Florida standardized test results challenged
Yet another problem with standardized test scores: This time, six of Florida’s largest school districts have formally complained to state officials about problems with the 2010 scores of the Florida Comprehensive Assessment Tests and have asked the state to delay releasing grades given to schools based on the scores.
The FCAT scores have been controversial for months; NCES Pearson, the company charged with administering the test, was very late in reporting the results this year, and Florida Education Commissioner Eric J. Smith blasted the delay as “absolutely unacceptable.”
Now he has received a formal complaint from the superintendents of the Broward, Miami-Dade, Hillsborough, Duval, Volusia and Leon county school districts saying that each found possible problems in the results and asking for a committee of experts to review the data.
"Something is wrong, and we don’t know what it is," Broward Schools Superintendent James Notter was quoted as saying by the Orlando Sentinel. "Why do we have to be reactive to grades that are going to fall without a quality explanation?"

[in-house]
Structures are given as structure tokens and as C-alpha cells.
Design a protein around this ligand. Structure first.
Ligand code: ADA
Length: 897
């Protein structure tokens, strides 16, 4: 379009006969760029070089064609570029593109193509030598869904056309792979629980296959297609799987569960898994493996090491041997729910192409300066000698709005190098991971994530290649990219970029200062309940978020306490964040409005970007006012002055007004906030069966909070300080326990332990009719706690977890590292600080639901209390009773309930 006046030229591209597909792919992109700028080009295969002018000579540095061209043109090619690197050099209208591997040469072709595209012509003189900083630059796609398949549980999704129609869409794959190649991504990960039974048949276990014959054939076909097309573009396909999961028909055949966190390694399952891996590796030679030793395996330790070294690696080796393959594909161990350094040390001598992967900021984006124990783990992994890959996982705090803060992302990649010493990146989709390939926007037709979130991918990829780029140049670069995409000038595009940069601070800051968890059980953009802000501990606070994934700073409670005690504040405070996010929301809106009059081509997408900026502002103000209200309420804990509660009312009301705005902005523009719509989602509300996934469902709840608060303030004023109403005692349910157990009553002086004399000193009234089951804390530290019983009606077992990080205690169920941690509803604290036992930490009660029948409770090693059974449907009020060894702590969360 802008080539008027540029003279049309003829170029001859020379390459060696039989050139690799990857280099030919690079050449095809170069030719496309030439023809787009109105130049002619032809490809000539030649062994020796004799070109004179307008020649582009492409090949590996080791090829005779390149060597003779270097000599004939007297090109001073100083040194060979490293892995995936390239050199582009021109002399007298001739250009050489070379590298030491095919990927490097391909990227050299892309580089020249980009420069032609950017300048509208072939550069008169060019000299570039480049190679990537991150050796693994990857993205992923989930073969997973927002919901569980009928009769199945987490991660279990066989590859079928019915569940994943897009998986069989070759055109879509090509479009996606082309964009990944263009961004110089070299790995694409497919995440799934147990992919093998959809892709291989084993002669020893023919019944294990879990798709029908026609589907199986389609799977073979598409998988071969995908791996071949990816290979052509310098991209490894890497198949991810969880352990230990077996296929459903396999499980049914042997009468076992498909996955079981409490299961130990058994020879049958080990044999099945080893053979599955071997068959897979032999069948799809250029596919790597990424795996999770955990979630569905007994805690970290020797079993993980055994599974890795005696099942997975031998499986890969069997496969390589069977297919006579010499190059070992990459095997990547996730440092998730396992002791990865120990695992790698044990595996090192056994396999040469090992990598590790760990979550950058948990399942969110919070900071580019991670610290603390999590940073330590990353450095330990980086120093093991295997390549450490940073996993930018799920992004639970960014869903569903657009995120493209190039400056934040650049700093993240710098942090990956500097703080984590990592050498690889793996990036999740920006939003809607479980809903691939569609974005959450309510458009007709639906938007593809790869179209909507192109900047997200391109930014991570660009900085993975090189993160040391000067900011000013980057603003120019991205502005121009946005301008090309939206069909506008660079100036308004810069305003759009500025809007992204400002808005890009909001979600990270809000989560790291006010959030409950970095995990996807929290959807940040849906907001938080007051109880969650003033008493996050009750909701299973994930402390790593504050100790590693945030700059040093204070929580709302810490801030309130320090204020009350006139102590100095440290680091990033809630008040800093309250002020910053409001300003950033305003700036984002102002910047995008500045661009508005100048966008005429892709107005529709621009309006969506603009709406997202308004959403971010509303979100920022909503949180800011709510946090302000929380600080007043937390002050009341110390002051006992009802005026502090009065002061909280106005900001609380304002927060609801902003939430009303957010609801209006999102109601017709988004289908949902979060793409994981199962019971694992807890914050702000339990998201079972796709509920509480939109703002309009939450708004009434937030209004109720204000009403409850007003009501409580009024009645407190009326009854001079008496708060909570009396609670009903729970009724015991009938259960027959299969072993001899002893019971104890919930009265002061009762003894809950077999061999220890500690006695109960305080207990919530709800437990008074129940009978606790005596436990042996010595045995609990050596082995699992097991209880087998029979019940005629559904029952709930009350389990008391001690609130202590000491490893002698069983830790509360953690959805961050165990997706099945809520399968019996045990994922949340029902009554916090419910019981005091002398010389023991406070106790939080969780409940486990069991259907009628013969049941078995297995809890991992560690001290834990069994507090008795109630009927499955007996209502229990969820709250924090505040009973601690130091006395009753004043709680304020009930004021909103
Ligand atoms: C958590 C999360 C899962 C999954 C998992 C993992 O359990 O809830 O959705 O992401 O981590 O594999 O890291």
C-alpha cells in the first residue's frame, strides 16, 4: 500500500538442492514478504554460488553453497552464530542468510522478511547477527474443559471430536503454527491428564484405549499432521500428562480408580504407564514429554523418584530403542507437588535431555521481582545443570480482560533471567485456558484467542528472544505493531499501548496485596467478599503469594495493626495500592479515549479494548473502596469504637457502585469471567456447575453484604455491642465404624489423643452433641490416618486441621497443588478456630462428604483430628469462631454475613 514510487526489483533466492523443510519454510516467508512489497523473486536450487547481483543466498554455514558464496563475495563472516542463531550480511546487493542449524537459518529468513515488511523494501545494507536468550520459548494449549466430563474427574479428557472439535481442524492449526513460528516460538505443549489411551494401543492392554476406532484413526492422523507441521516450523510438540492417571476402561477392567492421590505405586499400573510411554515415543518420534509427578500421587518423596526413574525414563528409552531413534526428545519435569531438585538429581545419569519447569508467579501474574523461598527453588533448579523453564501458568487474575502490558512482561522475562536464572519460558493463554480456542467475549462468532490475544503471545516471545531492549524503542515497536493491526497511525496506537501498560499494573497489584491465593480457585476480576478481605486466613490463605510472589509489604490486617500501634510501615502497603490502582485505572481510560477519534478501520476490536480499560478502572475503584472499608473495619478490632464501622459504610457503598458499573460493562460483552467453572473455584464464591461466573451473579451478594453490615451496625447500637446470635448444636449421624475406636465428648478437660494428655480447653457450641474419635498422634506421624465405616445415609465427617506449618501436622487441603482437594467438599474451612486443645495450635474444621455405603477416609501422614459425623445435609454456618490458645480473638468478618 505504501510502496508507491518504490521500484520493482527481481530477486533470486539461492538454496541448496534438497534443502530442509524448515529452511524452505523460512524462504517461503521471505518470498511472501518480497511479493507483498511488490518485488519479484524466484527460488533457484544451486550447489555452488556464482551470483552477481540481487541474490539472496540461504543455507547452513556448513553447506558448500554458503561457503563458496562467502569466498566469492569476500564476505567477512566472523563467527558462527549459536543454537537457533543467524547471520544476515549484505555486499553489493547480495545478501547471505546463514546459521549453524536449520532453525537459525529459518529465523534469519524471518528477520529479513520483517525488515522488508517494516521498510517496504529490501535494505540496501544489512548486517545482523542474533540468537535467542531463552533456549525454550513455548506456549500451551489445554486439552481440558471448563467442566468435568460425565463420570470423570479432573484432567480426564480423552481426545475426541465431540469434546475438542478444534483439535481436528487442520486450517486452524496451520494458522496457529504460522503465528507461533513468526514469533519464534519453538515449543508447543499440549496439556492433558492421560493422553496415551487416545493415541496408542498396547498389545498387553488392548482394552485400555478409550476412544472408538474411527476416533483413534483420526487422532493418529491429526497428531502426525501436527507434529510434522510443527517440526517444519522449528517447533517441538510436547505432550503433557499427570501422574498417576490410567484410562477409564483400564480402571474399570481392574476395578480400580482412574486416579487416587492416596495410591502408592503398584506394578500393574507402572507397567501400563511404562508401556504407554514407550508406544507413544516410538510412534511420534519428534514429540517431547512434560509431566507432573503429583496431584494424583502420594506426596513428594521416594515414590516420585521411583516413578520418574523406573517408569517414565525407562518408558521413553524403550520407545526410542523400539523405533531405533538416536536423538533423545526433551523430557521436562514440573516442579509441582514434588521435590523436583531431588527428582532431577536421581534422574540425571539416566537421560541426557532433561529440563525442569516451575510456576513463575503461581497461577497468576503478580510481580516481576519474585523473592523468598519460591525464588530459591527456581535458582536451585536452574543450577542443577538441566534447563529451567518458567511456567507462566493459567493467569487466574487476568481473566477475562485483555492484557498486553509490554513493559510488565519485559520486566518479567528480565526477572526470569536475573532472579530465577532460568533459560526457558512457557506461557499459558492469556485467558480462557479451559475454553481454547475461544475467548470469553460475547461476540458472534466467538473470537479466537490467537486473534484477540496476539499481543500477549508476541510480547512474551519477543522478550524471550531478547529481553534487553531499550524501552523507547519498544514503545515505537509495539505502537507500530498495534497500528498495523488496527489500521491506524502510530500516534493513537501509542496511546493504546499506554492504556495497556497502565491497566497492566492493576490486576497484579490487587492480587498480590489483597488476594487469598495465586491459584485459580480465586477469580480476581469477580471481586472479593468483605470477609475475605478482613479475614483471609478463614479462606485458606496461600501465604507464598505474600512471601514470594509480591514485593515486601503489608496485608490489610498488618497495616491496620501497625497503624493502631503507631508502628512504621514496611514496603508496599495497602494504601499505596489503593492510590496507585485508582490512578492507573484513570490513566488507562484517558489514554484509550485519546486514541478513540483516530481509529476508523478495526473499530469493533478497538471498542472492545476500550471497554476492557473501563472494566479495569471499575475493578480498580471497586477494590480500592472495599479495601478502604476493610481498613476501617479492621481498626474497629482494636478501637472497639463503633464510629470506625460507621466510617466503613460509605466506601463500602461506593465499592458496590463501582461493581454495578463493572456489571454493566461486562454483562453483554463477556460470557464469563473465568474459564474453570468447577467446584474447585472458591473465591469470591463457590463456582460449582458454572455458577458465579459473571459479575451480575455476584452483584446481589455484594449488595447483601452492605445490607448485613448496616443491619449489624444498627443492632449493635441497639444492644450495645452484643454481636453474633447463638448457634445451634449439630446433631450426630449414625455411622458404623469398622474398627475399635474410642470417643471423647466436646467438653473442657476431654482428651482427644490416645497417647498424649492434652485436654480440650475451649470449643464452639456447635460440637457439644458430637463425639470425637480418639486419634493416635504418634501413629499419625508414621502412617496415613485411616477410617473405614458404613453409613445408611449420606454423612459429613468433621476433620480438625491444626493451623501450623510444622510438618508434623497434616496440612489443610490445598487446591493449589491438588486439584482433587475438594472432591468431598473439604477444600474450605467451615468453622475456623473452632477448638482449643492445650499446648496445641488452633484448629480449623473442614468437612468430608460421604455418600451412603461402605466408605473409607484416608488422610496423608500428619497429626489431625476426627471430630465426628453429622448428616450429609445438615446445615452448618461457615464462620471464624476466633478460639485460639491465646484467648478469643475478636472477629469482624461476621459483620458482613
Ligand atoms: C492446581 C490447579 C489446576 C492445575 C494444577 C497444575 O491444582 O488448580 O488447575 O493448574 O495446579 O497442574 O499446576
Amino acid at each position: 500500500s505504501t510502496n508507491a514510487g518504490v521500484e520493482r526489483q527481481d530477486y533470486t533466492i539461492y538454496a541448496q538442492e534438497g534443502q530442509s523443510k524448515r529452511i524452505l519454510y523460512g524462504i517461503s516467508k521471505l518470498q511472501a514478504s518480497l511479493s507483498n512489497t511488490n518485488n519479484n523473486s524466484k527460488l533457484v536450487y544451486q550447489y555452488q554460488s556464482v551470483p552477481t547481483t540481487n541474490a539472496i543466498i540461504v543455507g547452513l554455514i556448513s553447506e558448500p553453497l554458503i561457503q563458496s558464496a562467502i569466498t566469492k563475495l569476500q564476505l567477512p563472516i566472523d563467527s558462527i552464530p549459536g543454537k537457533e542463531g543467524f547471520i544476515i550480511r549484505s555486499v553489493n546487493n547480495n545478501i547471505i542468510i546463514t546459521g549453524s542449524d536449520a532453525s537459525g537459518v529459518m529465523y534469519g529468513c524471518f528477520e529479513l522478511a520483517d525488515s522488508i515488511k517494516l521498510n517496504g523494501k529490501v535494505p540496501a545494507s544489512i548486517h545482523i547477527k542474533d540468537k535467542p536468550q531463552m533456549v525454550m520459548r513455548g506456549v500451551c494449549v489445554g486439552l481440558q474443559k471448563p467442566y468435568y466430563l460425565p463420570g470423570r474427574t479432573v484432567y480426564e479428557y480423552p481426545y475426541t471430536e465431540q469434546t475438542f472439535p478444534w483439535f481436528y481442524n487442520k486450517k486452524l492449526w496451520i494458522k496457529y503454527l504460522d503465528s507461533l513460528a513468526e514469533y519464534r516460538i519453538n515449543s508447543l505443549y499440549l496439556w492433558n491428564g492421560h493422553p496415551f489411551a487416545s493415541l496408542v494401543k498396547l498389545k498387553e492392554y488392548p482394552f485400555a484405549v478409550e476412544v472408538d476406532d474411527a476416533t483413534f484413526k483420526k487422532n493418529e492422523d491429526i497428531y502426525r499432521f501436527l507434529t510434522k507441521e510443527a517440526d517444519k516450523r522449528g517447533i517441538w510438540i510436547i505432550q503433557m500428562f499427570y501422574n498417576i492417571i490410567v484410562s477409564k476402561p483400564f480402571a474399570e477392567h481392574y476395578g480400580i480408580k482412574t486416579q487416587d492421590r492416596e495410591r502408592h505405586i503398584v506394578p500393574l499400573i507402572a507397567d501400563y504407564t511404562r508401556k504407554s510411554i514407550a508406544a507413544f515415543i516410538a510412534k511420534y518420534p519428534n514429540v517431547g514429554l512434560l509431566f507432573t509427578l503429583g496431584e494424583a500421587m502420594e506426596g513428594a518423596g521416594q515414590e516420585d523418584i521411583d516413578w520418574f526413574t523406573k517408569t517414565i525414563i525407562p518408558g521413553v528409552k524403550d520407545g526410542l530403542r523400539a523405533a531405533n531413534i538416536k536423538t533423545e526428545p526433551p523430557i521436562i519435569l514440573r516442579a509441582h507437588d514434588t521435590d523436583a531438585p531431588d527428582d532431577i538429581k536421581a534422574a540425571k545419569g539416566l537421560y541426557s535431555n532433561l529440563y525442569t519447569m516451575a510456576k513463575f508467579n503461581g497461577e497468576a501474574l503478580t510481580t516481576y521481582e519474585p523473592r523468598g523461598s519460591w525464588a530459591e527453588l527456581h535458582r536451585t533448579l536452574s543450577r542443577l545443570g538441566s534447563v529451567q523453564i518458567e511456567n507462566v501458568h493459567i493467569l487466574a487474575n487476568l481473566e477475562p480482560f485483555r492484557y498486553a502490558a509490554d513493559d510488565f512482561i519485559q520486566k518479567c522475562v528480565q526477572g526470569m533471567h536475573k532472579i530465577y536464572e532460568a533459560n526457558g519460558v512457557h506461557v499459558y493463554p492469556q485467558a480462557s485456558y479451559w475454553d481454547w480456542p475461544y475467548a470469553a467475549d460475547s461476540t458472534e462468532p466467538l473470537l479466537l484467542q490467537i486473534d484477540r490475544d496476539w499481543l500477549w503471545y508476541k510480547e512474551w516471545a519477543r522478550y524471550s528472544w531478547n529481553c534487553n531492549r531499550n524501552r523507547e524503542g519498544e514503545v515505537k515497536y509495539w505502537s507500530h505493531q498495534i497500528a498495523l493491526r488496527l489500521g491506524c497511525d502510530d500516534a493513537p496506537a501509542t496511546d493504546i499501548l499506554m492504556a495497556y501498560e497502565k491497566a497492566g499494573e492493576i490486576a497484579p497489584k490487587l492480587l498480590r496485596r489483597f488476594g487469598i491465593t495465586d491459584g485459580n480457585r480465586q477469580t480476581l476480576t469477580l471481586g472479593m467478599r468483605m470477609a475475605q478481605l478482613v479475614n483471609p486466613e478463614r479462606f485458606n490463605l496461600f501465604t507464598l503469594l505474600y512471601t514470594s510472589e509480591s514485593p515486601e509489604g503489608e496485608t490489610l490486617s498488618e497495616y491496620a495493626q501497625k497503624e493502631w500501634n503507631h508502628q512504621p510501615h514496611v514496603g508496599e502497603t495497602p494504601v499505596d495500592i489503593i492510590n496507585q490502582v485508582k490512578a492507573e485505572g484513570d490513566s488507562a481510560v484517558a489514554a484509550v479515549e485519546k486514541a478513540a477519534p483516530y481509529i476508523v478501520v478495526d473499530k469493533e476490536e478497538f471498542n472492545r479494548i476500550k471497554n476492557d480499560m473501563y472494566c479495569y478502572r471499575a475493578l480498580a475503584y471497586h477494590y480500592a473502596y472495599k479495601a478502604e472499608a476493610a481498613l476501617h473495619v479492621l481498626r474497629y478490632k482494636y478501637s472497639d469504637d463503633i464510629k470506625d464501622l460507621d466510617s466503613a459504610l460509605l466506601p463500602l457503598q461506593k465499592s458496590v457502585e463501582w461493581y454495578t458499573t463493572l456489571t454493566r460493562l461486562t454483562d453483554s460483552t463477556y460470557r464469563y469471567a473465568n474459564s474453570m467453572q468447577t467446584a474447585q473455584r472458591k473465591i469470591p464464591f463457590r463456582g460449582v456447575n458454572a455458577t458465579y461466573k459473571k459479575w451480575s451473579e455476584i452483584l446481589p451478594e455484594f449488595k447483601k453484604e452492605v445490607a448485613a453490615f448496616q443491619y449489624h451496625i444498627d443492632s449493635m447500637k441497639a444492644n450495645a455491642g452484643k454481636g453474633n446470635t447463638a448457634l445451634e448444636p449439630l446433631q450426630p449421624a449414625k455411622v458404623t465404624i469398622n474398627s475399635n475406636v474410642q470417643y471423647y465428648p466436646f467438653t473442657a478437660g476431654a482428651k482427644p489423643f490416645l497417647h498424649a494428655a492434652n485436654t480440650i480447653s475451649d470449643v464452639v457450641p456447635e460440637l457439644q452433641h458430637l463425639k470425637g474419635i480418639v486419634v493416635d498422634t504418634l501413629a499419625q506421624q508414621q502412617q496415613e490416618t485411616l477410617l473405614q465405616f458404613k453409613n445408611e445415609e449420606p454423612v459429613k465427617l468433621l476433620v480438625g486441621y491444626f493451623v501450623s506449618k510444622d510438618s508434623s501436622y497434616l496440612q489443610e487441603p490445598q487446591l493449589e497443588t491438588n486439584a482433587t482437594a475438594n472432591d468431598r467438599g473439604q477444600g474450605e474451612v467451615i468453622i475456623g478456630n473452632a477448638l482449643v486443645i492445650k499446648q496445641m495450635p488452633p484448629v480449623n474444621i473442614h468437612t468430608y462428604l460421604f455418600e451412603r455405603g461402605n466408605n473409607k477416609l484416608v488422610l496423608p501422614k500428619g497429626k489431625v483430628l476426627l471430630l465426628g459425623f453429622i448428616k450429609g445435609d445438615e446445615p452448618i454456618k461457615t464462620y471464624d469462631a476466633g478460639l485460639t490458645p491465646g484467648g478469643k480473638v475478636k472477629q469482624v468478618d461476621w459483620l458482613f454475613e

Smith said he had faith in the scores but would nonetheless seek an independent reviewer to evaluate their validity.
FCAT scores are important in Florida because they help dictate a great deal in the public education system, including principal and teacher placement, school schedules, individual school grades issued by the state and more.
The problems with the 2010 scores are not identical in each complaining district, but a year-to-year comparison, particularly with scores of elementary school students in the lowest 25 percent in reading and math, appear to be unrealistic.
For example, the Sentinel reported, about 20 percent of Broward County’s elementary schools usually see a dip in fourth-grade reading scores, but the 2010 results showed about 65 percent of fourth-grade reading scores dropped.
Is it possible that the scores reflect how well the students did? Of course. If so, it would be just another example of the inherent variability of test scores that today's school reformers like to ignore.
And it would be one of the many fine reasons for ending the practice of using standardized tests for any high-stakes decision.
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| July 13, 2010; 3:02 PM ET
Categories: Standardized Tests | Tags: FCAT, FCAT scores and anomalies, challenge to FCAT scores, problems with FCAT, standardized tests in florida
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